The instant I left the screening room after Chicago, I would've bet 1,000 bucks it would win the Oscar. Rent could win, too, but I'm not sure how much money to bet. (It opens Wednesday, Nov. 23, at the Neptune and other theaters.) On the plus side, Rent was a much bigger stage hit than Chicago, and decades more recent. Other shows won quadruple Tony Awards, but none won the Pulitzer before it even got to Broadway. And you'd think that Rent's rocklike score would be an easier sell to mass audiences than Chicago's more retro sound.
Besides, you can't beat the back story. N.Y.C. composer/author Jonathan Larson toiled for years waiting tables, nicked the gist of Puccini's La Bohème plus some ideas from Sarah Schulman's angry AIDS novel People in Trouble, set his fable in the Reagan Dark Ages, whipped up some lovely melodies and irreverent lyrics, and put them in the mouths of theater babes—unknowns who swiftly bowled over the critics in the original 1996 production. (Most of them appear now in the film version.)
But in the most dramatic real-life melodrama since Gower Champion's demise just before the triumphant revival of 42nd Street, young Larson dropped dead hours before the first preview of Rent. It was a freakish aortic condition, not AIDS, but the poignance of his loss echoed that of Puccini's Mimi.
TWO DECADES removed from that direr time it immortalizes, Rent becomes less a cri de coeur and more of an upbeat, Fame-like rave-up. The tunes are certainly timeless, from the thrilling, opening-scene faux- gospel "Seasons of Love," performed on a bare stage à la A Chorus Line, to the barbaric yawp of "La Vie Bohème" and its Alphabet City credo shouted out in an East Village beer hall putsch: "Bisexuals, trisexuals, homo sapiens! Carcinogens, hallucinogens, men, Pee Wee Herman! German wine, turpentine, Gertrude Stein! Antonioni, Bertolucci, Kurosawa, Carmina Burana!" The scene is better than Puccini's and the "Sodomy" song in Hair put together.
The theater people prove to be entirely ready for their big-screen close-ups. As the quasi-narrator Mark, a four-eyed documentary filmmaker among the bohemians, Anthony Rapp enraptures in just the right nerdy way. (After all, his character "can't hold an erection on high holy days.") Adam Pascal, a stage vet with matinee-idol looks, brings a shiny scruffiness to the role of Roger, the musician who longs to compose "One Song Glory" before HIV ends his quest.
Idina Menzel is by Hollywood standards a bit jarringly underattractive as Maureen, the drama-queen performance artist who dumps Mark for straitlaced Harvard lawyer Joanne (the gorgeous Tracie Thoms), but she pulls it off with sheer effrontery. As computer whiz Tom and Angel the drag queen and plastic-pickle-tub street drummer, who find true gay love in the face of AIDS, Jesse L. Martin (Law & Order) and Wilson Jermaine Heredia, respectively, bring tears to one's eyes.
Non-original-cast newcomer Thoms outsings anybody in the cast, give or take a melisma. OK, Rosario Dawson is no match for Daphne Rubin-Vega's original Mimi. When she sings "Out Tonight," she acrobatically prances well, but her pipes can't quite give it the full anthemic oomph Larson calls for. Even so, if you'd never heard the original cast recording, you might not mind a bit. Dawson has the star power and moxie moves to inspire even a Seattleite to get out of that goddamn comfy chair and into the night.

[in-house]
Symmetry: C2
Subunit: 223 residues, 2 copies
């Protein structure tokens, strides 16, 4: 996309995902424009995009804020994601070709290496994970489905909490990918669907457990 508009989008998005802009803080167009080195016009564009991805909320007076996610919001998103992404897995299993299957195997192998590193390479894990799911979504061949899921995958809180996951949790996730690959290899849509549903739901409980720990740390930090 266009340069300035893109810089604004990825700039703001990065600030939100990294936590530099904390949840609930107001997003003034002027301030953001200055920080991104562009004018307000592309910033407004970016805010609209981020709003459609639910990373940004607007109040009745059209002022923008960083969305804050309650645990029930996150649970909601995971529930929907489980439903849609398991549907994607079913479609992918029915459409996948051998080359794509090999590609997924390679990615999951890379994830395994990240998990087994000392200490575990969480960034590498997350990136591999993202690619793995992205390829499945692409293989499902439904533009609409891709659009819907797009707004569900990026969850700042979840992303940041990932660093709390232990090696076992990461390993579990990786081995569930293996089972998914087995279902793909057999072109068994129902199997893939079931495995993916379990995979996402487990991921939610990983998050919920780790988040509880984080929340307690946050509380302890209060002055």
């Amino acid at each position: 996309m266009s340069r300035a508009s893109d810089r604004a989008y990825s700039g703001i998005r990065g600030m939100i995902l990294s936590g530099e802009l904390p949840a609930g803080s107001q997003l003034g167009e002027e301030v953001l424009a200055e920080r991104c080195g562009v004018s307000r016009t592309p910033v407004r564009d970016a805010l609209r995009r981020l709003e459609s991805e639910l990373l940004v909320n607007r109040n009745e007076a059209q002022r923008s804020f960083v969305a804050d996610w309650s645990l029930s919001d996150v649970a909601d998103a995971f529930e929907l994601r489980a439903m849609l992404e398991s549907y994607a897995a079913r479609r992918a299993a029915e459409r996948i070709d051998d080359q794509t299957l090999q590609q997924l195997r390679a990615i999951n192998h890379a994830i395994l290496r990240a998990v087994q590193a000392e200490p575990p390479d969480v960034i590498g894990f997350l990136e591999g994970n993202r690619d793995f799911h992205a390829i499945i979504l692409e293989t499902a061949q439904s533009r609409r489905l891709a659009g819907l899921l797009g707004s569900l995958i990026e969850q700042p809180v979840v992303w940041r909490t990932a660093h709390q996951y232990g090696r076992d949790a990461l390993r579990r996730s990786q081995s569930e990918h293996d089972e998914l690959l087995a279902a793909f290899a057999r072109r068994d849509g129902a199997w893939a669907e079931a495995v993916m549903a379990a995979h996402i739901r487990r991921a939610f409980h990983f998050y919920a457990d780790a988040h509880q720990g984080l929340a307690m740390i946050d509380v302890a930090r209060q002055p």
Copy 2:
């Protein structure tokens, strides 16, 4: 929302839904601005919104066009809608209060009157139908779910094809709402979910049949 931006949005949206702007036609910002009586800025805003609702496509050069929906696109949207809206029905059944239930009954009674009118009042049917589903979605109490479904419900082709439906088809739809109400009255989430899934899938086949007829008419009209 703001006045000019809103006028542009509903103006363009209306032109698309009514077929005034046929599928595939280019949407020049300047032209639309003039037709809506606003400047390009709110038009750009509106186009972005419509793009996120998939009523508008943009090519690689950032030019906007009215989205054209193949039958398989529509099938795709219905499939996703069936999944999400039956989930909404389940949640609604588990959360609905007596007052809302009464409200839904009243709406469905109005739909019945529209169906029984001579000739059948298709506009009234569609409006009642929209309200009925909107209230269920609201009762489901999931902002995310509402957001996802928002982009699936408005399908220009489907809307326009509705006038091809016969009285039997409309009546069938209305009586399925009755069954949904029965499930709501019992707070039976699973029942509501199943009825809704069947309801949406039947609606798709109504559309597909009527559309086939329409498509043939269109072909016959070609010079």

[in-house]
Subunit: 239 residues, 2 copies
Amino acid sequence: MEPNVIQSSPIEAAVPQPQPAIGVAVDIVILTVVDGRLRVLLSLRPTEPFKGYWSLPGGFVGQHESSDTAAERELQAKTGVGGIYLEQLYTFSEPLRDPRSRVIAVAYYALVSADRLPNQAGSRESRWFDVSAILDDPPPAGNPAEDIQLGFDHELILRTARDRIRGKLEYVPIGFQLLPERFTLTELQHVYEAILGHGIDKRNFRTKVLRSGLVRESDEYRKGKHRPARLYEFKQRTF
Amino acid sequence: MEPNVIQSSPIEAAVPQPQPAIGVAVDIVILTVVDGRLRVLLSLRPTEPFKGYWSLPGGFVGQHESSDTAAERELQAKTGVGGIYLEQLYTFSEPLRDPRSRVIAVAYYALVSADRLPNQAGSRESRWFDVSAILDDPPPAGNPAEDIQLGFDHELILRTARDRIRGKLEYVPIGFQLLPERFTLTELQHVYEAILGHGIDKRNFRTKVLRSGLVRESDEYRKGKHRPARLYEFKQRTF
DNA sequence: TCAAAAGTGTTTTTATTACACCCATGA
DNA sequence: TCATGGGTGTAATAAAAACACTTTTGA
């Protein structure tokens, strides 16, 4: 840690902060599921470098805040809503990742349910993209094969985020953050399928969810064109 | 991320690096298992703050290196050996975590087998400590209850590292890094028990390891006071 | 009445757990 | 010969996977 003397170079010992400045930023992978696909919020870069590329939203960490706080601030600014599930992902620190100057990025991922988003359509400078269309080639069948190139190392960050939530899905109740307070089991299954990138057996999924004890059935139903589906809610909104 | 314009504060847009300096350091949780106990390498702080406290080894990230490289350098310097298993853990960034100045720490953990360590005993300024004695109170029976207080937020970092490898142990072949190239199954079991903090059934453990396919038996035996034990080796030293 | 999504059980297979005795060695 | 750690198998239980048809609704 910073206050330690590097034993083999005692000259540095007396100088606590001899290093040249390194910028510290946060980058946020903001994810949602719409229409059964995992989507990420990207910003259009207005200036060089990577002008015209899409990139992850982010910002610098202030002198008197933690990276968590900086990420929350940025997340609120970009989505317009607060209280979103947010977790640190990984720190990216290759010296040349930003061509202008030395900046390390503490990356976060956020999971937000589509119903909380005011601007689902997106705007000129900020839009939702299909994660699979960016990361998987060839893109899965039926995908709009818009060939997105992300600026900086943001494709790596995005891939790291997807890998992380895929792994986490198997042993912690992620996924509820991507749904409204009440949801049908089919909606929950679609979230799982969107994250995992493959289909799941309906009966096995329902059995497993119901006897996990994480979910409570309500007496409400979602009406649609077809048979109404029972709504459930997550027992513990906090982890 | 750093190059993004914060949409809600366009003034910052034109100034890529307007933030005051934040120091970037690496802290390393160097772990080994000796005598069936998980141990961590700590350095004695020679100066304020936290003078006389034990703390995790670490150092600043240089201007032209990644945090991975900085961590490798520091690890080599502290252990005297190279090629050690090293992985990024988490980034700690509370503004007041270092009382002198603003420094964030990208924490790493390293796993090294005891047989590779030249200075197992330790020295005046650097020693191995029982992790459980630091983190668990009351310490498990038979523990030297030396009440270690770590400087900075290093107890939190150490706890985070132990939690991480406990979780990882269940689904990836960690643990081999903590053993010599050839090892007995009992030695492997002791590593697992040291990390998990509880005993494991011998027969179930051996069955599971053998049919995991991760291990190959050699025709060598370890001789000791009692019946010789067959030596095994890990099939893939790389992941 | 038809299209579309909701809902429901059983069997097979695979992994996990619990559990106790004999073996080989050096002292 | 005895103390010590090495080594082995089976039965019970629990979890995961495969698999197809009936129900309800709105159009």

Taye Diggs makes the most of his scene as the turncoat bohemian who threatens eviction and gentrification upon his old pals. Unfortunately, the scene is all awkward exposition, and points up the weakness of the show: The story is sketchy, illogical, and unresolved even by opera standards. That's why, when novelist Schulman complained about the alleged heist of her story, she got bupkis of the billion dollars' profit (from productions and revivals worldwide), and her novel now sells for 30 cents on Amazon. Rent is not about the story and not really about its stock characters. It's all about the passionate moment, "One Song Glory," over and over until it's all over.
I'm not sureRent will romp its way to Oscar glory the way Chicago did, but that's what makes it more valuable and traditional. (Chicago was practically a movie to start with.) Larson was strictly a theater beast—the subversive spawn of his fond mentor Stephen Sondheim. Even director Chris Columbus—the most movie-ish of movie people—manages to make a terrific-looking film here without losing Larson's stage essence. And he has the courage to let recitative be recitative, not the voice-over studio suits or test audiences might prefer.
Granted, the grand jeté from stage to screen is not unfaltering. Characters stride purposefully with no actual dramatic purpose other than to do something, anything, other than stand there and sing. (Even when Howard Cummings' production design would let them.) When one character goes home to Santa Fe before realizing his folly and returning to the bosom of Manhattan bohemia, the scenes of him zipping around the desert in a sports car and schlepping along a dun-colored ridge add nothing to what he's singing. When Columbus falters, it's because he's trying too hard to de-stagify a show that's intrinsically, gloriously stagey.
Rent works best as a centaur creation: half-movie, half-play, plunging into theater world in all its mindless, cheesy, sentimental splendor. Movies don't offer anything like the meet-cute of the guitar singer and junkie stripper in the "Light My Candle" number. It works analogously to Romeo and Juliet's meeting, where falling in love is symbolized by the unifying magic of the sonnet their dialogue adds up to. The characters are barely there in Larson's book, but his score brings them to life as a fused entity of romance eternal.